By now you’ve heard that a right-wing scholar by the name of Jason Richwine has resigned from the Heritage Foundation as a result of his previous work on race and IQ. Richwine produced a paper on the costs of immigration, which brought him into the public eye and led some to check his credentials. This inevitably led to the discovery of his Harvard dissertation on low IQ in latinos.
Some folks on the right, including the inevitable Andrew Sullivan, weigh in. They speak as if this in unplumbed territory that is being carefully guarded by political correctness and leftist thought police. I think the best response comes from Ta-Nehisi Coates, “The Dark Art of Racecraft“:
It is almost as though the “dark arts of race and IQ” were an untapped field of potential knowledge, not one of the most discredited fields of study in modern history. We should first be clear that there is nothing mysterious or forbidden about purporting to study race and intelligence. Indeed, despite an inability to define “race” or “intelligence,” such studies are one of the dominant intellectual strains in Western history. We forget this because its convient to believe that history begins with the Watts riots. But it’s important to remember the particular tradition that Charles Murray and Jason Richwine are working in.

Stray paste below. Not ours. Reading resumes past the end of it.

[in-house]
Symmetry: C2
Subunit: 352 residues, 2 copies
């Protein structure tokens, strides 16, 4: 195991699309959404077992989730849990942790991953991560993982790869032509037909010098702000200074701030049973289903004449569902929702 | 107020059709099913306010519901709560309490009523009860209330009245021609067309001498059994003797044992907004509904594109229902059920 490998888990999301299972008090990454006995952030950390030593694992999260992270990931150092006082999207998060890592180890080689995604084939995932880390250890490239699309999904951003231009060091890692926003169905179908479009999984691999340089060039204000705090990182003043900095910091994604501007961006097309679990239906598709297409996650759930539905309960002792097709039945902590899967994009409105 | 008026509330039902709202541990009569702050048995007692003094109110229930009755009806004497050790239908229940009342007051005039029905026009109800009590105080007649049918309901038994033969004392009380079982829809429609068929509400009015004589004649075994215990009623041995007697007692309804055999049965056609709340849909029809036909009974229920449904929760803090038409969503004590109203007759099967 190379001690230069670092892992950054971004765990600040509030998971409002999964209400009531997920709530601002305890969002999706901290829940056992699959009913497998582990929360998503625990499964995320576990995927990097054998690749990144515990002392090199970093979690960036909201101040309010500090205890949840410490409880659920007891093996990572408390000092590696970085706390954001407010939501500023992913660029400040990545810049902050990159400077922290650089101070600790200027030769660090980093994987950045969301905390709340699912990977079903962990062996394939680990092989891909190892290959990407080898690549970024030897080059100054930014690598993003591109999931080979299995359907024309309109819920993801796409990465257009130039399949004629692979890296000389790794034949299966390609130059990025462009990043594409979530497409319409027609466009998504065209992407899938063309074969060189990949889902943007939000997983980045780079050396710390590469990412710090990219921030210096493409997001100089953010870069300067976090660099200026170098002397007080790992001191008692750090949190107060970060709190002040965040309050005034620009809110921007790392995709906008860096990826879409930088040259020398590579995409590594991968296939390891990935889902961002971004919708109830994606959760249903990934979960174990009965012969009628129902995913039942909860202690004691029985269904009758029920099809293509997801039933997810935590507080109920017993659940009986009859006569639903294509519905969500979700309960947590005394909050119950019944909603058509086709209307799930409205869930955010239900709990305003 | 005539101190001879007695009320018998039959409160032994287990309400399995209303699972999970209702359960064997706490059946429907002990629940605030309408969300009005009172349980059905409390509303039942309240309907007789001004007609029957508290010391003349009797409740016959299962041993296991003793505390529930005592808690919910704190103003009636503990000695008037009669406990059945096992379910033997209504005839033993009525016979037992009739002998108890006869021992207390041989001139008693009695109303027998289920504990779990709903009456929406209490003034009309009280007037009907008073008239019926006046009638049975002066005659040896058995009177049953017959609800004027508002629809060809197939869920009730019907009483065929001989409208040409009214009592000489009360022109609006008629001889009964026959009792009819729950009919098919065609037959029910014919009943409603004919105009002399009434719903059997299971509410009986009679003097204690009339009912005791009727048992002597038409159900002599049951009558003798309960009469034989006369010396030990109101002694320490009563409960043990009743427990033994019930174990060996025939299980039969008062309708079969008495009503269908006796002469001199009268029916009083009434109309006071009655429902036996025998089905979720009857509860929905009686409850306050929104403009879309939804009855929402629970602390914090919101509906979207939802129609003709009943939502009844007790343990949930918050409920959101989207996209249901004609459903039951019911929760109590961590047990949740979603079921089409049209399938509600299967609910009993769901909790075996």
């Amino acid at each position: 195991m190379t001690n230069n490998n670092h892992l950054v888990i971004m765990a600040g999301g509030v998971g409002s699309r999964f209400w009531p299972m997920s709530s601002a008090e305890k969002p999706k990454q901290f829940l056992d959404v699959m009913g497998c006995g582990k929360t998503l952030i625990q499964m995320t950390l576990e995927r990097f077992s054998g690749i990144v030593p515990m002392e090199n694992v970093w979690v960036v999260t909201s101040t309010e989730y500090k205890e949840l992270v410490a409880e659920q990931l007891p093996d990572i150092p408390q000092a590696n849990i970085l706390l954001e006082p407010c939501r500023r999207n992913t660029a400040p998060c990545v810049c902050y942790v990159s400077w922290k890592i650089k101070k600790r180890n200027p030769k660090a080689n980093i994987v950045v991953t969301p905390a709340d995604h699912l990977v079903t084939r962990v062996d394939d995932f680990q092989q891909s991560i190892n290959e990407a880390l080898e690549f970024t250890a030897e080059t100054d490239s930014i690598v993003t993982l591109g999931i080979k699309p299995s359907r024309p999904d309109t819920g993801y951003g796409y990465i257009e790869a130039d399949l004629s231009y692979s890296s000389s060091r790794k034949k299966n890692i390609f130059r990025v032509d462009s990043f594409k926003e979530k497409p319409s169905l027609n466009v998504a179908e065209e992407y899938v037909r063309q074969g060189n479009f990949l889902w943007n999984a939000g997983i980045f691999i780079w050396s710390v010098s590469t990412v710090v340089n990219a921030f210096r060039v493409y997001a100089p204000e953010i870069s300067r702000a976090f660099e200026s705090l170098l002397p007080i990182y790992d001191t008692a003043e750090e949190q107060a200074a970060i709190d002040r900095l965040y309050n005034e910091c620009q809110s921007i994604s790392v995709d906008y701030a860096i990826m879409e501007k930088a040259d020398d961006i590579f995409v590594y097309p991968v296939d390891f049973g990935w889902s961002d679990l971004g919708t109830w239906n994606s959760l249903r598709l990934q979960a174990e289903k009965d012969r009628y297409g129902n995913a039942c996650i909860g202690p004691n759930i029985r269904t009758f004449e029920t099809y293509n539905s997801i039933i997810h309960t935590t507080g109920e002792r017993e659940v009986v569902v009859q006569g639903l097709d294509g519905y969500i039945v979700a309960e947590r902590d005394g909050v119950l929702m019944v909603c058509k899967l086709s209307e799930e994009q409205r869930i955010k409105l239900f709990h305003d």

One might oppose the Stoddard tradition strictly on its tendency to birth suffering, misery, and catastrophe. But one can oppose it for simpler reasons — its practitioners have a nasty habit of being wrong.
Just as an aside, it’s amusing that this should all happen just as The Great Gatsby is coming out it theaters.
“Civilization’s going to pieces,’ broke out Tom violently. ‘I’ve gotten to be a terrible pessimist about things. Have you read The Rise of the Colored Empires by this man Goddard?’
“Well, it’s a fine book, and everybody ought to read it. The idea is if we don’t look out the white race will be — will be utterly submerged. It’s all scientiic stuff; it’s been proved.”
“Tom’s getting very profound,” said Daisy, with an expression of unthoughtful sadness. “He reads deep books with long words in them. What was that word we ——””
“Goddard” is probably a reference to Stoddard, possibly by joining it with Madison Grant, another eugenicist.